P i , y i shows how confident the network is that the label on the w i word is y i . A y i 1 , y i shows the likelihood of transitioning from label y i 1 to label y i , and these values are optimized during training. The output from the model is the sequence of labels with the largest s c o r e ( x , y ) , which can be found efficiently using the Viterbi algorithm. In order to optimize the CRF model, the loss function maximizes the score for the correct label sequence, while minimizing the scores for all other sequences:
E = s c o r e ( x , y ) + l o g y Y e s ( y ) .
Y is the set of all possible label sequences.

5. Experiments

5.1. Corpus and Evaluation Metric

We used Chinese Corpus CEC [16] as the corpus (https://github.com/shijiebei2009/CEC-Corpus). CEC is an event ontology corpus developed by the Semantic Intelligence Laboratory of Shanghai University. It has 332 articles. Compared with the ACE and TimeBank corpus, CEC is smaller, but more comprehensive in the annotation of events and event arguments. Therefore, we used CEC as the experimental data for the event extraction. The text was divided into five categories: earthquake, fire, traffic accident, terrorist attack, food poisoning. In the experiment, the word segmentation and grammar analysis tools adopted the module provided by the LTP language technology platform of Harbin Institute of Technology. After pretreatment, there were 8804 sentences, 5853 trigger words, 1981 event participants, 1633 event locations, and 1388 event times. For the experiment, we divided the corpus into 20% test set, 64% training set, and 16% verification set.
This experiment mainly recognized the event trigger, event participants, event time, and event location. We used recall (R), precision (P) and the F-measure (F) to evaluate the results.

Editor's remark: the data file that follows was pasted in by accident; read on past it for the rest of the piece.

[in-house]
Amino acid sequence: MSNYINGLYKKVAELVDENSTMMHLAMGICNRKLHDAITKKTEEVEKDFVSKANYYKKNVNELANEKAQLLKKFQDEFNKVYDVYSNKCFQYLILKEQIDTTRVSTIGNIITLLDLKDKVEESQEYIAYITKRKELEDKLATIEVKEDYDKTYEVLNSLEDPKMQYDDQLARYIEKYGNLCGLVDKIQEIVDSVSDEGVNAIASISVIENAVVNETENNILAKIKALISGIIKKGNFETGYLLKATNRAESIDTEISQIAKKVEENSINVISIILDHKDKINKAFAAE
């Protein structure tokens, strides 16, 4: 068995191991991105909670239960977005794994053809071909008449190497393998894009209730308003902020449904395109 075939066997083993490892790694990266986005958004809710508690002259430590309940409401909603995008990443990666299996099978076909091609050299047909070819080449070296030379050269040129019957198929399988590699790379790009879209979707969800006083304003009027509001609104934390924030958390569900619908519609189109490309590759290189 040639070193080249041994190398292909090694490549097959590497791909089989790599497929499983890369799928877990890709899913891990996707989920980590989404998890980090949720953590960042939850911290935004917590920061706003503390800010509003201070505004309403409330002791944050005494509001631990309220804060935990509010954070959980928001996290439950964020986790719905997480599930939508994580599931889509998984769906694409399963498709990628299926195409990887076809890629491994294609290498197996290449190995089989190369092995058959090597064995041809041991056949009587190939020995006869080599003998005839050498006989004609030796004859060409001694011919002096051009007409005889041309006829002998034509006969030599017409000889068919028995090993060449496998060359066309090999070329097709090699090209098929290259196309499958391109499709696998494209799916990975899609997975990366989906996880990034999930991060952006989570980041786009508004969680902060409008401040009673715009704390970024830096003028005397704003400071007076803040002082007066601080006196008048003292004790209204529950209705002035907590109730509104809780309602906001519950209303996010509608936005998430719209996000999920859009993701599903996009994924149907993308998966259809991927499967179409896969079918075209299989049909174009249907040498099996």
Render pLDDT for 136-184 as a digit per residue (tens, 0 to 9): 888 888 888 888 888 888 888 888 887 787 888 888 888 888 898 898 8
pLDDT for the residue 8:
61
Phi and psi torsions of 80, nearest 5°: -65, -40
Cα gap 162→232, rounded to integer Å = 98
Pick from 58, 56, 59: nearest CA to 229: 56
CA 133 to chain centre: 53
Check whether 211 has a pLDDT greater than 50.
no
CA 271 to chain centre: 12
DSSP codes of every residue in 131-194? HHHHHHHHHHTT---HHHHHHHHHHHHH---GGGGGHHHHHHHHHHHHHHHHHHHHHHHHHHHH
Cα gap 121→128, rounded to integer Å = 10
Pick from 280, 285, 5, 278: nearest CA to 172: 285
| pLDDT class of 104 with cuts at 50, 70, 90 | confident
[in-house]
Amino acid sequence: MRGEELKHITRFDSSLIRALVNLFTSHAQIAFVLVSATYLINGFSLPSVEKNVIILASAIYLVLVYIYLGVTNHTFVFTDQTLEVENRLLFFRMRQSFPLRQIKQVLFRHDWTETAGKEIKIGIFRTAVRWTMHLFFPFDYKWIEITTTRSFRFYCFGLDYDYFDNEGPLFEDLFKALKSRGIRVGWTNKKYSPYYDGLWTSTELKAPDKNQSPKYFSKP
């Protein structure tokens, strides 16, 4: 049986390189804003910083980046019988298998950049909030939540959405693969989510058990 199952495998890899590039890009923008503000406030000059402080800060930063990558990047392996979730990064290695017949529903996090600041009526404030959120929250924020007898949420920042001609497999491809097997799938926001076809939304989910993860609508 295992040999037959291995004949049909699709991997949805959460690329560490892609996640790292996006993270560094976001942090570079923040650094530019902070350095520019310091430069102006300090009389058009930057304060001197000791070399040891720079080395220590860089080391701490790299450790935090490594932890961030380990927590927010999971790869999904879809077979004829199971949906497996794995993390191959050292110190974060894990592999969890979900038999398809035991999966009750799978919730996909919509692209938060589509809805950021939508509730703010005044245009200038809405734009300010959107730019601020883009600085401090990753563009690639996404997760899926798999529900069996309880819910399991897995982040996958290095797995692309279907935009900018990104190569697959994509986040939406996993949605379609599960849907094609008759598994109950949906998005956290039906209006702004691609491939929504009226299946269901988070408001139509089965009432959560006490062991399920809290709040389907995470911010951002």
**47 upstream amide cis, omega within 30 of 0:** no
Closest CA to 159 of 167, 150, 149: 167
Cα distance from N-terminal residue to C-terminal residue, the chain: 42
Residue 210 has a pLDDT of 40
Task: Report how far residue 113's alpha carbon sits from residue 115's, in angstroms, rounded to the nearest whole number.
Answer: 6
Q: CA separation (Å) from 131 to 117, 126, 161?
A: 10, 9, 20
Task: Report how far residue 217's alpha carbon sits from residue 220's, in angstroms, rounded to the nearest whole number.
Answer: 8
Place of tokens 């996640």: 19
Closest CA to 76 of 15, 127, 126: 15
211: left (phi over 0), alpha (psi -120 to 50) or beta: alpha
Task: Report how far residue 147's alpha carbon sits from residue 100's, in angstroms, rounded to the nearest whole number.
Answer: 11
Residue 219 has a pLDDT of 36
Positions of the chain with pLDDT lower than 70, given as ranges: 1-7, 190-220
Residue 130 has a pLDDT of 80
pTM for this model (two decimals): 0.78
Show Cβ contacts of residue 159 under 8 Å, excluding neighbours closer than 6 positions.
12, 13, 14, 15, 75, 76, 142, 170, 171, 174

5.2. Experiment Preparation

In the process of experimental preprocessing, we used Jieba (https://pypi.org/project/jieba/) as the tool for word segmentation and semantic analysis, and used the Sogou news data (http://www.sogou.com/labs/resource/ca.php) as the corpus to train the word embedding and the character embedding. There are many methods of training word embedding, which are introduced in the next chapter.
The unit number of LSTM was chosen to be 128, the size of word embedding was 300, that of character embedding was 300, that of feature representation embedding was 15, the maximum epoch was 20, the dropout was 0.5, and the batch size was 60. We used Adam (Kingma and Ba, 2014), with the learning rate of 0.001 for optimization.

5.3. Experiment Result

We used the following methods as comparative experiments:
SKIPGRAM: Mikolov [17] first proposed this model of training word embedding. The SKIPGRAM model is intended to predict the surrounding words in the sentence given the current word.
CWE: Chen [15] proposed Character-Enhanced Word Embedding. CWE considers character embedding in an effort to improve word embedding.
CWEP: Chen [15] proposed the Position-based Character Embedding model. In the position-based CWE, various embeddings of each character are differentiated by the character position in the word, and the embedding assignment for a specific character in a word can be automatically determined by the character position.